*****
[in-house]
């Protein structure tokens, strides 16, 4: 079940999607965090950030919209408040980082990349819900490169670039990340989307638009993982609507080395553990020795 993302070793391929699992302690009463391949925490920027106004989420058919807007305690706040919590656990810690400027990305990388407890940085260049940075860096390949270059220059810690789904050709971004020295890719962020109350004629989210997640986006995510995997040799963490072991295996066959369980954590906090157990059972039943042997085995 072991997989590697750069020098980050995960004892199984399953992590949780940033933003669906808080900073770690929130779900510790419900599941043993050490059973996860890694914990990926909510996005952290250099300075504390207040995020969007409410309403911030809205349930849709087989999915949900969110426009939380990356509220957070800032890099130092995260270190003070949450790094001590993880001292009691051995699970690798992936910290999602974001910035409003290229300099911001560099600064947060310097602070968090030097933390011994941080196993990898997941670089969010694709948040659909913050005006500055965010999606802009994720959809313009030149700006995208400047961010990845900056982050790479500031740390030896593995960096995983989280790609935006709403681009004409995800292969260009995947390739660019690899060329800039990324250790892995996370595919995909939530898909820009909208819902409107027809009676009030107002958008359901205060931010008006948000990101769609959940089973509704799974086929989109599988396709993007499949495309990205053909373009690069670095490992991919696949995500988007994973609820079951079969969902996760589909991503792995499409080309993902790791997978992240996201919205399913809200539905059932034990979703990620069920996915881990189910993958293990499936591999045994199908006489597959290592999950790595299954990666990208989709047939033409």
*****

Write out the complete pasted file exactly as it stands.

[in-house]
């Protein structure tokens, strides 16, 4: 079940999607965090950030919209408040980082990349819900490169670039990340989307638009993982609507080395553990020795 993302070793391929699992302690009463391949925490920027106004989420058919807007305690706040919590656990810690400027990305990388407890940085260049940075860096390949270059220059810690789904050709971004020295890719962020109350004629989210997640986006995510995997040799963490072991295996066959369980954590906090157990059972039943042997085995 072991997989590697750069020098980050995960004892199984399953992590949780940033933003669906808080900073770690929130779900510790419900599941043993050490059973996860890694914990990926909510996005952290250099300075504390207040995020969007409410309403911030809205349930849709087989999915949900969110426009939380990356509220957070800032890099130092995260270190003070949450790094001590993880001292009691051995699970690798992936910290999602974001910035409003290229300099911001560099600064947060310097602070968090030097933390011994941080196993990898997941670089969010694709948040659909913050005006500055965010999606802009994720959809313009030149700006995208400047961010990845900056982050790479500031740390030896593995960096995983989280790609935006709403681009004409995800292969260009995947390739660019690899060329800039990324250790892995996370595919995909939530898909820009909208819902409107027809009676009030107002958008359901205060931010008006948000990101769609959940089973509704799974086929989109599988396709993007499949495309990205053909373009690069670095490992991919696949995500988007994973609820079951079969969902996760589909991503792995499409080309993902790791997978992240996201919205399913809200539905059932034990979703990620069920996915881990189910993958293990499936591999045994199908006489597959290592999950790595299954990666990208989709047939033409």